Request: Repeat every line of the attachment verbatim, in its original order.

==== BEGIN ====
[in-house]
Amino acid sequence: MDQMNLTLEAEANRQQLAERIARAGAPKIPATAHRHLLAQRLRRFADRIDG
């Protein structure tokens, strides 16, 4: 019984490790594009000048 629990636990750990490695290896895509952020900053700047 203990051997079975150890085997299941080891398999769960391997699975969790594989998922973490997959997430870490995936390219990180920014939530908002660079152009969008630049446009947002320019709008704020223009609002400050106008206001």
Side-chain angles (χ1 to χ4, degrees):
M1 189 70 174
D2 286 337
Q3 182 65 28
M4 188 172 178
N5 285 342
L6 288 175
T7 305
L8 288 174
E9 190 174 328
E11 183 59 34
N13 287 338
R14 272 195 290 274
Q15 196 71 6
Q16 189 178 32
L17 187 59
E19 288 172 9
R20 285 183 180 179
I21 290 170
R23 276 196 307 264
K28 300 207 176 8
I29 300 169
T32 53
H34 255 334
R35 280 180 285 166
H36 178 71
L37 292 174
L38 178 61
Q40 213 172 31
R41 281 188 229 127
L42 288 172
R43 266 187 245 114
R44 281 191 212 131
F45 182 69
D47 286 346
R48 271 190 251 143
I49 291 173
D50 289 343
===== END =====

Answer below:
[in-house]
Amino acid sequence: MDQMNLTLEAEANRQQLAERIARAGAPKIPATAHRHLLAQRLRRFADRIDG
């Protein structure tokens, strides 16, 4: 019984490790594009000048 629990636990750990490695290896895509952020900053700047 203990051997079975150890085997299941080891398999769960391997699975969790594989998922973490997959997430870490995936390219990180920014939530908002660079152009969008630049446009947002320019709008704020223009609002400050106008206001």
Side-chain angles (χ1 to χ4, degrees):
M1 189 70 174
D2 286 337
Q3 182 65 28
M4 188 172 178
N5 285 342
L6 288 175
T7 305
L8 288 174
E9 190 174 328
E11 183 59 34
N13 287 338
R14 272 195 290 274
Q15 196 71 6
Q16 189 178 32
L17 187 59
E19 288 172 9
R20 285 183 180 179
I21 290 170
R23 276 196 307 264
K28 300 207 176 8
I29 300 169
T32 53
H34 255 334
R35 280 180 285 166
H36 178 71
L37 292 174
L38 178 61
Q40 213 172 31
R41 281 188 229 127
L42 288 172
R43 266 187 245 114
R44 281 191 212 131
F45 182 69
D47 286 346
R48 271 190 251 143
I49 291 173
D50 289 343